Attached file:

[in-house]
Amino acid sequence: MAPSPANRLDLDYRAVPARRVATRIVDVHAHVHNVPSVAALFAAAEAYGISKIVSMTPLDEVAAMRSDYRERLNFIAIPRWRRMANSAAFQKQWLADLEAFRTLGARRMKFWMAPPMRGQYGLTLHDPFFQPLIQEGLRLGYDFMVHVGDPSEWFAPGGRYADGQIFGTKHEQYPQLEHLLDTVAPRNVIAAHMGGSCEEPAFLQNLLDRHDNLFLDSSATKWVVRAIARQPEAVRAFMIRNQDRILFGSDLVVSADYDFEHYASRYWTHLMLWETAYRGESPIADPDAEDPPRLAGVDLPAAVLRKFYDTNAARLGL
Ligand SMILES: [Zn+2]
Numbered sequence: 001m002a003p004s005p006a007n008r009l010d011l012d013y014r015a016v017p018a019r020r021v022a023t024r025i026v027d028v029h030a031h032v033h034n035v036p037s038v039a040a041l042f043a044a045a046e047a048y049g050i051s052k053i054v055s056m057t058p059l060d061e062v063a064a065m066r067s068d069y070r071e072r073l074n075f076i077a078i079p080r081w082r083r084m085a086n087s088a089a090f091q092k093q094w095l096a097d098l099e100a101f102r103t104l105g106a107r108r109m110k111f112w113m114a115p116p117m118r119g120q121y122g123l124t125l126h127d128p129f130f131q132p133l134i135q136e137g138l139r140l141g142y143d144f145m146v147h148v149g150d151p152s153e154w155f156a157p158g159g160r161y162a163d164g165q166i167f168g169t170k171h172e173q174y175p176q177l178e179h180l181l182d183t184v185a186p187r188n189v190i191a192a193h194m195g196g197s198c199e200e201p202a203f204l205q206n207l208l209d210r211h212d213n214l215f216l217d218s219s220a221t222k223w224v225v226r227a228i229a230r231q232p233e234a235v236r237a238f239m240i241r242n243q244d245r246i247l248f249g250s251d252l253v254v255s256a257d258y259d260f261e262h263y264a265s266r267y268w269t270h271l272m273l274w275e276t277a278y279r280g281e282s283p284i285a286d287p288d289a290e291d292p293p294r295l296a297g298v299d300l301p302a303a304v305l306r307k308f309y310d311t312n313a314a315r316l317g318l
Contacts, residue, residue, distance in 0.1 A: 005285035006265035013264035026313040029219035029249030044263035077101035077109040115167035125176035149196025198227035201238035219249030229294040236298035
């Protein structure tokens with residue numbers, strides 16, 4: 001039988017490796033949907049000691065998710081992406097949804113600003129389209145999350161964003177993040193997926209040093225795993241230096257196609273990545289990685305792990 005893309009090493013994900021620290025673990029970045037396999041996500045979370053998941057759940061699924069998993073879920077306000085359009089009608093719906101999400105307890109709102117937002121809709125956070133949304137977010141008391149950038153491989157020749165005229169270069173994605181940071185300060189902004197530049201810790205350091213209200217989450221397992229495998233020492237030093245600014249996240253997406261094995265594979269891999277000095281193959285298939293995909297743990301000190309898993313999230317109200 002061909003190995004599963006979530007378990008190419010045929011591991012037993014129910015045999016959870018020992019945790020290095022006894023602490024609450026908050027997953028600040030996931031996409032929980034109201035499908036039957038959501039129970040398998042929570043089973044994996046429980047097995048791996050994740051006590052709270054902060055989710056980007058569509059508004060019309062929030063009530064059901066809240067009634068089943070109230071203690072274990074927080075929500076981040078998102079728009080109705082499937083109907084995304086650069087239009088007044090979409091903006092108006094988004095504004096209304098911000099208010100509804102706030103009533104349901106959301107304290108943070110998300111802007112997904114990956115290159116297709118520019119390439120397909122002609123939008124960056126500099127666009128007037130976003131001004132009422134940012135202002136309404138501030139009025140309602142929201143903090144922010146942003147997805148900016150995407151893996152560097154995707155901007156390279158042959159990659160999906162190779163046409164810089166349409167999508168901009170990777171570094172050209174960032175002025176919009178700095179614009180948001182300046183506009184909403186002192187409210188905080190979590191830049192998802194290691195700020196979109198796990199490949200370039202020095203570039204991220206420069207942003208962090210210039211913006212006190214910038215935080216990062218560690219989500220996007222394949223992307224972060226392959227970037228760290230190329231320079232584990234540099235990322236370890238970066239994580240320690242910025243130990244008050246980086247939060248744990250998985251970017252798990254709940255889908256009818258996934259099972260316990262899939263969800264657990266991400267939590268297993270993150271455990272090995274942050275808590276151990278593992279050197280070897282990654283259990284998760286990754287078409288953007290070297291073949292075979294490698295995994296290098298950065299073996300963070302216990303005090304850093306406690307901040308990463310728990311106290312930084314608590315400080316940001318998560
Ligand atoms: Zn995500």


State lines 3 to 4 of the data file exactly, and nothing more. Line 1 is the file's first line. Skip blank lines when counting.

Ligand SMILES: [Zn+2]
Numbered sequence: 001m002a003p004s005p006a007n008r009l010d011l012d013y014r015a016v017p018a019r020r021v022a023t024r025i026v027d028v029h030a031h032v033h034n035v036p037s038v039a040a041l042f043a044a045a046e047a048y049g050i051s052k053i054v055s056m057t058p059l060d061e062v063a064a065m066r067s068d069y070r071e072r073l074n075f076i077a078i079p080r081w082r083r084m085a086n087s088a089a090f091q092k093q094w095l096a097d098l099e100a101f102r103t104l105g106a107r108r109m110k111f112w113m114a115p116p117m118r119g120q121y122g123l124t125l126h127d128p129f130f131q132p133l134i135q136e137g138l139r140l141g142y143d144f145m146v147h148v149g150d151p152s153e154w155f156a157p158g159g160r161y162a163d164g165q166i167f168g169t170k171h172e173q174y175p176q177l178e179h180l181l182d183t184v185a186p187r188n189v190i191a192a193h194m195g196g197s198c199e200e201p202a203f204l205q206n207l208l209d210r211h212d213n214l215f216l217d218s219s220a221t222k223w224v225v226r227a228i229a230r231q232p233e234a235v236r237a238f239m240i241r242n243q244d245r246i247l248f249g250s251d252l253v254v255s256a257d258y259d260f261e262h263y264a265s266r267y268w269t270h271l272m273l274w275e276t277a278y279r280g281e282s283p284i285a286d287p288d289a290e291d292p293p294r295l296a297g298v299d300l301p302a303a304v305l306r307k308f309y310d311t312n313a314a315r316l317g318l